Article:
Each year as part of Graduate Photography Online we ask a number of professionals from the world of photography to review all the work submitted and choose their favourites. We chat to Mariama Attah, Curator at Open Eye and Selector for the BA phase of Graduate Photography Online 2021.
Curator - Open Eye
Tell us about your job? What does your core role at Open Eye involve?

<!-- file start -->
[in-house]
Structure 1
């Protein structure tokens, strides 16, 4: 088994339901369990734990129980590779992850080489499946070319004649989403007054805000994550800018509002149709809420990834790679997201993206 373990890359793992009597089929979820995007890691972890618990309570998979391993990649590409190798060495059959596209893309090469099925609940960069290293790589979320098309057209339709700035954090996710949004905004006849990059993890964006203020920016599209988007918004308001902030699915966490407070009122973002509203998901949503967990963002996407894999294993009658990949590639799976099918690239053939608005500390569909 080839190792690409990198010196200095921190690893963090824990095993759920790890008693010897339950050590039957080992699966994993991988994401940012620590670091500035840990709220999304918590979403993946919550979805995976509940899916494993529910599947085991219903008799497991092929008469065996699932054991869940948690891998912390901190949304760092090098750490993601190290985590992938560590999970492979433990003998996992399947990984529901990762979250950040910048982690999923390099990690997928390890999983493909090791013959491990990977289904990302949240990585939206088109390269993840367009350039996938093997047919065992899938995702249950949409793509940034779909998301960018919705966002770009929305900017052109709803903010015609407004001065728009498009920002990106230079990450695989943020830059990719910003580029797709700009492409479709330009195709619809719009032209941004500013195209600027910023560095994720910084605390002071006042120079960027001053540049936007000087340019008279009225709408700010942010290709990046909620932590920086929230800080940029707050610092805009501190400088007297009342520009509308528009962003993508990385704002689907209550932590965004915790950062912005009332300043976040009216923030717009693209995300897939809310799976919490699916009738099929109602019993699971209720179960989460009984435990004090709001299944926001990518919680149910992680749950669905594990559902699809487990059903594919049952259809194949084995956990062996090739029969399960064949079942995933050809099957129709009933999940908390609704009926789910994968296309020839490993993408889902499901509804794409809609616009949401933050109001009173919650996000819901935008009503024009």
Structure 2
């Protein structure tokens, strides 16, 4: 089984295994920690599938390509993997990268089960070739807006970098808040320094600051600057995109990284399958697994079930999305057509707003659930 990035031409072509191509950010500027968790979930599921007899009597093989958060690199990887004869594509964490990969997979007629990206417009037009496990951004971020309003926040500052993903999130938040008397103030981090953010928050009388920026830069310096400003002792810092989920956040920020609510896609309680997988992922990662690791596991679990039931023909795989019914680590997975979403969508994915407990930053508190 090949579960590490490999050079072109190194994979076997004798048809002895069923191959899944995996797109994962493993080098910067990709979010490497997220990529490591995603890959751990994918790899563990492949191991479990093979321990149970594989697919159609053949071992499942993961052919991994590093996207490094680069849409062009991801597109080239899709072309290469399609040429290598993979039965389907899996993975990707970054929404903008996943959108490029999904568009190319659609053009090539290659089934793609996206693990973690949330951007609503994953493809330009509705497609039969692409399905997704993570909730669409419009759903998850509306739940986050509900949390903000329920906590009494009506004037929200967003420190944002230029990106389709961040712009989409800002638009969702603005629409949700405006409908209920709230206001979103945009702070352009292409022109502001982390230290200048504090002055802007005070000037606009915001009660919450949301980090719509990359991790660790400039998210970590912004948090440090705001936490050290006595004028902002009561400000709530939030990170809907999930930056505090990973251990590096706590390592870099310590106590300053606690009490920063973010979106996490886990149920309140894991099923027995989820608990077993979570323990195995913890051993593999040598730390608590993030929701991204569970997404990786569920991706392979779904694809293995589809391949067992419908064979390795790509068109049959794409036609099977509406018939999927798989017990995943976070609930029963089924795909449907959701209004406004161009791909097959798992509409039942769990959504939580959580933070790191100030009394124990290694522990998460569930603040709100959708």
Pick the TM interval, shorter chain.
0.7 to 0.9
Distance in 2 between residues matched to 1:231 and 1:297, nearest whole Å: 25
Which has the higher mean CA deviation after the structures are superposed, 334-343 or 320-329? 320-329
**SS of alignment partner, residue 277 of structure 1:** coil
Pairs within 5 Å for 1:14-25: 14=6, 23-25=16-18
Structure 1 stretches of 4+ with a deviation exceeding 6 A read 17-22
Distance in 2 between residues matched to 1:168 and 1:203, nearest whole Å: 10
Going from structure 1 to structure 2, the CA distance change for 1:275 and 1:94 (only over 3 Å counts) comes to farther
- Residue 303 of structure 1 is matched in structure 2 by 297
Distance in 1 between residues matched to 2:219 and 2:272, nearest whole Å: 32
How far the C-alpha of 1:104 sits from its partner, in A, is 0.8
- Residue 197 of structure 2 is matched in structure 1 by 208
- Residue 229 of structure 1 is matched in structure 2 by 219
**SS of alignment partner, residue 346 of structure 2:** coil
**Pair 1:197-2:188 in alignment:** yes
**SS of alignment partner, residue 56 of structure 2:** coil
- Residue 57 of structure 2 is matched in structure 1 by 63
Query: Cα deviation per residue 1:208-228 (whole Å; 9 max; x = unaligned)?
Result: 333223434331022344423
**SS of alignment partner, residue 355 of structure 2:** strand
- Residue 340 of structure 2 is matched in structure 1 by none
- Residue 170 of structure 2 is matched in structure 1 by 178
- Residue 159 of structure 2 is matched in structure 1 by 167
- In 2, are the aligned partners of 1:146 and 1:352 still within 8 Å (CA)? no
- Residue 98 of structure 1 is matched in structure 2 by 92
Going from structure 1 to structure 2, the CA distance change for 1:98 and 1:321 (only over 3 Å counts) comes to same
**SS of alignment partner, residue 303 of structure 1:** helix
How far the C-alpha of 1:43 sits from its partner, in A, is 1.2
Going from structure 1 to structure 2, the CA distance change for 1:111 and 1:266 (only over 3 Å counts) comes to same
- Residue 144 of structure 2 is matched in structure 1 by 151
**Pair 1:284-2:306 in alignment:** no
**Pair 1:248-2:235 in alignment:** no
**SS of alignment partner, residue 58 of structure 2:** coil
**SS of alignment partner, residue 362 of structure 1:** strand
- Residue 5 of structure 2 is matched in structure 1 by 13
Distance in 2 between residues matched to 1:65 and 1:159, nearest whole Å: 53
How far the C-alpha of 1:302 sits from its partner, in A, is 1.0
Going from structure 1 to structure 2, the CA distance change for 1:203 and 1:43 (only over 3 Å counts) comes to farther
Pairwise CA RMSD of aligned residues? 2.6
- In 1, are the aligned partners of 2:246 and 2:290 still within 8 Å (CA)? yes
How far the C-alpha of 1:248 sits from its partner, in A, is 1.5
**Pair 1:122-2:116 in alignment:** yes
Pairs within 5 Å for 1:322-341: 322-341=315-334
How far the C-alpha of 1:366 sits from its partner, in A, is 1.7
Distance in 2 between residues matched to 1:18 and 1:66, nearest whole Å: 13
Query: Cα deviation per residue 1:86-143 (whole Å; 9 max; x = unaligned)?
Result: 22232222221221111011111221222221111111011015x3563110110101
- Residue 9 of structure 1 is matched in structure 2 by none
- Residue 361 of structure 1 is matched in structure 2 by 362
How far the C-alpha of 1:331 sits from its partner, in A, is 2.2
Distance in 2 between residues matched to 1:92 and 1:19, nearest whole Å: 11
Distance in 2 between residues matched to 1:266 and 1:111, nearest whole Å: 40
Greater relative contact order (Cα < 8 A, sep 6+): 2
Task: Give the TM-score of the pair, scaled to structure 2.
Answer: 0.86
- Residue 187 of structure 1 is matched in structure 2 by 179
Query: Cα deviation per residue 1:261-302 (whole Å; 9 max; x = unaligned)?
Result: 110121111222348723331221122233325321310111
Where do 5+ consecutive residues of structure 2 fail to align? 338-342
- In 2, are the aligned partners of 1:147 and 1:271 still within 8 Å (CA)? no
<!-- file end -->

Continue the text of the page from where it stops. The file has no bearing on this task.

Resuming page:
We have a wide range of exhibitions and events that happen off site, in communities or informal spaces. My day-to-day role varies a lot depending on where we are in our exhibition schedule but my core role is curating the exhibitions for the physical gallery space. I spend time finding artists through research, word of mouth, or being introduced to practitioners. I’m also spending time getting to know our audiences and communities, understanding how I can continue these relationships and understanding what role the gallery plays in their lives. That’s a hugely exciting part of my role but it isn’t the majority of how I spend my time. Curating the gallery program includes everything from managing budgets, creating installation schedules, painting walls and condition reporting artworks to coming up with suggestions for the public program. Another part of my role at the gallery is teaching. We have just validated a new undergraduate degree called 'Photography and Social Practice' which we will co-deliver with UCEN in Manchester starting September 2021. There is a wider element of supporting students and artists through guest lecturing, mentoring artists and curators, portfolio reviews, writing essays on photography and sharing my thoughts through presentations and public speaking.